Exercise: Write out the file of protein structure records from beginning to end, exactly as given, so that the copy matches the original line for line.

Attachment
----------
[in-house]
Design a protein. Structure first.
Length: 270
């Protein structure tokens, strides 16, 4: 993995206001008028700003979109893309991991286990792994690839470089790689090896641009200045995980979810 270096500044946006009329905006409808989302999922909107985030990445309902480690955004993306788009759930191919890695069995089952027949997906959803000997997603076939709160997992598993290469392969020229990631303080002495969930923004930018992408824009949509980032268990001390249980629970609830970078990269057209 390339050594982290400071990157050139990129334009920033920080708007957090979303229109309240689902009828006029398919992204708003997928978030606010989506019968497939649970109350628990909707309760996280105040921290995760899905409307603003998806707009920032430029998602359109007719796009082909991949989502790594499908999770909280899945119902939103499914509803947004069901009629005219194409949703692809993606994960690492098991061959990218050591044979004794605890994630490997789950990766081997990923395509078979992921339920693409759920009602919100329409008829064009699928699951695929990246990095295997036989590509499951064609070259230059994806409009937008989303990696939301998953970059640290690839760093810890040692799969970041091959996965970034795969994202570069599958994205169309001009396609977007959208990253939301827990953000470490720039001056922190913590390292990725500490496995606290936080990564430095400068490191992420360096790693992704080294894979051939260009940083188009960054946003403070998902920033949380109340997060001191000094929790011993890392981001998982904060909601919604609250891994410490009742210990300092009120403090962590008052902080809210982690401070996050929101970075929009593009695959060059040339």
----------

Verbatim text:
[in-house]
Design a protein. Structure first.
Length: 270
């Protein structure tokens, strides 16, 4: 993995206001008028700003979109893309991991286990792994690839470089790689090896641009200045995980979810 270096500044946006009329905006409808989302999922909107985030990445309902480690955004993306788009759930191919890695069995089952027949997906959803000997997603076939709160997992598993290469392969020229990631303080002495969930923004930018992408824009949509980032268990001390249980629970609830970078990269057209 390339050594982290400071990157050139990129334009920033920080708007957090979303229109309240689902009828006029398919992204708003997928978030606010989506019968497939649970109350628990909707309760996280105040921290995760899905409307603003998806707009920032430029998602359109007719796009082909991949989502790594499908999770909280899945119902939103499914509803947004069901009629005219194409949703692809993606994960690492098991061959990218050591044979004794605890994630490997789950990766081997990923395509078979992921339920693409759920009602919100329409008829064009699928699951695929990246990095295997036989590509499951064609070259230059994806409009937008989303990696939301998953970059640290690839760093810890040692799969970041091959996965970034795969994202570069599958994205169309001009396609977007959208990253939301827990953000470490720039001056922190913590390292990725500490496995606290936080990564430095400068490191992420360096790693992704080294894979051939260009940083188009960054946003403070998902920033949380109340997060001191000094929790011993890392981001998982904060909601919604609250891994410490009742210990300092009120403090962590008052902080809210982690401070996050929101970075929009593009695959060059040339």